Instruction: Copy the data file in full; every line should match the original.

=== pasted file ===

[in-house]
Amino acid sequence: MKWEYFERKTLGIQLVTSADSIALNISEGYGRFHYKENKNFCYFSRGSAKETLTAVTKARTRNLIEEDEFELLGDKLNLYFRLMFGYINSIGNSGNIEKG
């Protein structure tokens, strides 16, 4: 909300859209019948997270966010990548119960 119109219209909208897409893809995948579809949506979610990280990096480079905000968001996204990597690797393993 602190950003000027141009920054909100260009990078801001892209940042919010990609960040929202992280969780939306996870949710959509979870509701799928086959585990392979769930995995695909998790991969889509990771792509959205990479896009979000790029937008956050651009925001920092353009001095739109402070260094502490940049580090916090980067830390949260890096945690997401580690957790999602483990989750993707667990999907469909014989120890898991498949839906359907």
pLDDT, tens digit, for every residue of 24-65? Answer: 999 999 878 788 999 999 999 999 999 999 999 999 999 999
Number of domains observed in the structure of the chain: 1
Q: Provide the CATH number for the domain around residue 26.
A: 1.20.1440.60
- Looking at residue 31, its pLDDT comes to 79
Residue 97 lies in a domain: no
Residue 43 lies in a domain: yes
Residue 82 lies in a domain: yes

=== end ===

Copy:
[in-house]
Amino acid sequence: MKWEYFERKTLGIQLVTSADSIALNISEGYGRFHYKENKNFCYFSRGSAKETLTAVTKARTRNLIEEDEFELLGDKLNLYFRLMFGYINSIGNSGNIEKG
């Protein structure tokens, strides 16, 4: 909300859209019948997270966010990548119960 119109219209909208897409893809995948579809949506979610990280990096480079905000968001996204990597690797393993 602190950003000027141009920054909100260009990078801001892209940042919010990609960040929202992280969780939306996870949710959509979870509701799928086959585990392979769930995995695909998790991969889509990771792509959205990479896009979000790029937008956050651009925001920092353009001095739109402070260094502490940049580090916090980067830390949260890096945690997401580690957790999602483990989750993707667990999907469909014989120890898991498949839906359907």
pLDDT, tens digit, for every residue of 24-65? Answer: 999 999 878 788 999 999 999 999 999 999 999 999 999 999
Number of domains observed in the structure of the chain: 1
Q: Provide the CATH number for the domain around residue 26.
A: 1.20.1440.60
- Looking at residue 31, its pLDDT comes to 79
Residue 97 lies in a domain: no
Residue 43 lies in a domain: yes
Residue 82 lies in a domain: yes